The cover letter usually is a necessary tool. But, they don't know how to use that tool.
After all, the cover letter has gone through many changes since Baby Boomers applied for their jobs or sent marketing letters for their enterprise way back when.
The ethos of Corporate America dominated business communications. Therefore, cover letters integrated the formal tone of all-business. Baby Boomers worked from the model of the internal memo.
Then digital introduced a conversational tone and need to keep the reader interested. That style has been reinforced by how tech leaders such as Mark Zuckerberg communicate. At first many traditional players were shocked by his public statements.
For example, one mea culpa was that Facebook had made a mess of mistakes. Then as Facebook became increasing successful Baby Boomers began getting it that they had loosen up their own communications.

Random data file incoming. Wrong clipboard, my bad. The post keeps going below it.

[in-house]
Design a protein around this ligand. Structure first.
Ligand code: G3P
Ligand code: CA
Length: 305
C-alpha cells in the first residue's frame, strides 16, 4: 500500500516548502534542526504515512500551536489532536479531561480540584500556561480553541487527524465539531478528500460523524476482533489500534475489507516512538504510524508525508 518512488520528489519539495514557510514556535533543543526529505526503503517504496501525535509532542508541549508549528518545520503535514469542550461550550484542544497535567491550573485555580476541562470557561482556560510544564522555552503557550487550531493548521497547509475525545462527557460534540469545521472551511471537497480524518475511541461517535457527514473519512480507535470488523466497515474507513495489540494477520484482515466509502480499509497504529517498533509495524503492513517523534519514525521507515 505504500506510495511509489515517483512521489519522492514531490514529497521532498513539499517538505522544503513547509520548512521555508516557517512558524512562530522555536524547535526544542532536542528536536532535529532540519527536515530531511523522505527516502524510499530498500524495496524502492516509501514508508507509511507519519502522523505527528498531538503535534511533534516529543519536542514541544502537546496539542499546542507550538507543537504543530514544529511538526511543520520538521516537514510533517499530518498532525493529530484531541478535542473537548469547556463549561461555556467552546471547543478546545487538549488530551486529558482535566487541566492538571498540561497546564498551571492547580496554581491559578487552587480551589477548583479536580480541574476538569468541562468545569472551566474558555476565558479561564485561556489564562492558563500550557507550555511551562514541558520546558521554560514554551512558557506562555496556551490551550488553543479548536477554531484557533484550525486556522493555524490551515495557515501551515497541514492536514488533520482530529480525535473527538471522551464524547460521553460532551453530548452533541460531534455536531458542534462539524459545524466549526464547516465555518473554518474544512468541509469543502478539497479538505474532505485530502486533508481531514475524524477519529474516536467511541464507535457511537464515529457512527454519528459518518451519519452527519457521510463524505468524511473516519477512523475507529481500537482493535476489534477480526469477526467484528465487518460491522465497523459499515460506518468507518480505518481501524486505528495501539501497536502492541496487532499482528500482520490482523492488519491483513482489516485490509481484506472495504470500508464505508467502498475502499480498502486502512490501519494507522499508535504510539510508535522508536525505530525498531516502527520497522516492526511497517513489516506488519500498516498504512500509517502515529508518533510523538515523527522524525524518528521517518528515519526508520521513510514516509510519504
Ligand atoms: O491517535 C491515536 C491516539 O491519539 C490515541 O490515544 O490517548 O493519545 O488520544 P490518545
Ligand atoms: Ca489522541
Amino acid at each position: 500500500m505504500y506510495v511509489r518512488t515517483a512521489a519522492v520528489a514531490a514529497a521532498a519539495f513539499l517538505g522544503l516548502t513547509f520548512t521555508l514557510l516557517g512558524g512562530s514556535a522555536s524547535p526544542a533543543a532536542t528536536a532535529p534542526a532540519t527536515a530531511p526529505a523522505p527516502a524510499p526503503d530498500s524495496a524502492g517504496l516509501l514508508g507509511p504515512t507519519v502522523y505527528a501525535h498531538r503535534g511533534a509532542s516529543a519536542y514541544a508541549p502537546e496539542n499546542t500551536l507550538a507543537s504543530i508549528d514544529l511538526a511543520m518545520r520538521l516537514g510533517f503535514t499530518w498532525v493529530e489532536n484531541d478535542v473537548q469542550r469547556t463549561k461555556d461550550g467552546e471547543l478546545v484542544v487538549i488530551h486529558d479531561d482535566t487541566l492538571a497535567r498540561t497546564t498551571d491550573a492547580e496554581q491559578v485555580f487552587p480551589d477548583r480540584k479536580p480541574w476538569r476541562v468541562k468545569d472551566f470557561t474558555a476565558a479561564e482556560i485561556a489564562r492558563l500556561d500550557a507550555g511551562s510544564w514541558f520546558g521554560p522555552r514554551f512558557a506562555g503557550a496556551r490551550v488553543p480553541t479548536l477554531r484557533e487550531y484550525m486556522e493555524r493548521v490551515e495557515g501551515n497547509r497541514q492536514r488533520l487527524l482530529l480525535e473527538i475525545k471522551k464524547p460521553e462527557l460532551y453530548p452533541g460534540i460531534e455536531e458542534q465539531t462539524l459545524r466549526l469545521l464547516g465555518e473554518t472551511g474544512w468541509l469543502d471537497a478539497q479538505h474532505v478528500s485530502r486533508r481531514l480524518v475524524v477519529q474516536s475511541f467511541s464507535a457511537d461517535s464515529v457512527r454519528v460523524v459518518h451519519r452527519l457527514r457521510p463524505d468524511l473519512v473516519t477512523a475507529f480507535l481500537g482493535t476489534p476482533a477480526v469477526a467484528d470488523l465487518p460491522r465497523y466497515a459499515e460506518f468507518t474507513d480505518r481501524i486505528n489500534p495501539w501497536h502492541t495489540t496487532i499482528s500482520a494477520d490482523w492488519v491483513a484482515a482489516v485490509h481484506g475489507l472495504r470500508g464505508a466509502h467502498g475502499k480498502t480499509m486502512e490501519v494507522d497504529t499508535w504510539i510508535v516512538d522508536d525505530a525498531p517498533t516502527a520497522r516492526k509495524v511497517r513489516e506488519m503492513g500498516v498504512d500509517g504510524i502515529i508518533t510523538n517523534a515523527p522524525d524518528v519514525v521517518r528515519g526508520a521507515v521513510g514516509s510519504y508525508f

Essentially, what makes for an effective e-mail blast and a cover letter include:
- Provocative subject head. No, don't just put "Social Media Expert." Get attention with "Social Media Expert Reduces Bounce Rate 34%."
- Frontload first paragraph with keywords. A robot might be doing initial screening. Those keywords usually will be in the help-wanted ad.
- Spell out edge early. "The edge I provide is proven ability to reduce bounce and boost conversion rates."
- Insert graphic. But only one.
- Focus on recipient not yourself. "Your organization will benefit ..," is the way to go. "I, I, I" is not. Remember cover letters are part of the sales process. Your're what you're selling. The focus is on the customer.
- Assume the sale. Key phrases are "Together we will ..."
- Put a Call To Action (CTA). "When we talk ..." Provide contact information.
The marketplace keeps changing. Your edge might too. Therefore, you have to monitor your pattern cover letters for outcomes. Even before there's a decline in responses, research what's effective in e-mail blasts. You'll gain the insight you need to keep pitching to win.
Stuck? Contact Jane Genova for complimentary consultation on making all your marketing communications effective (firstname.lastname@example.org).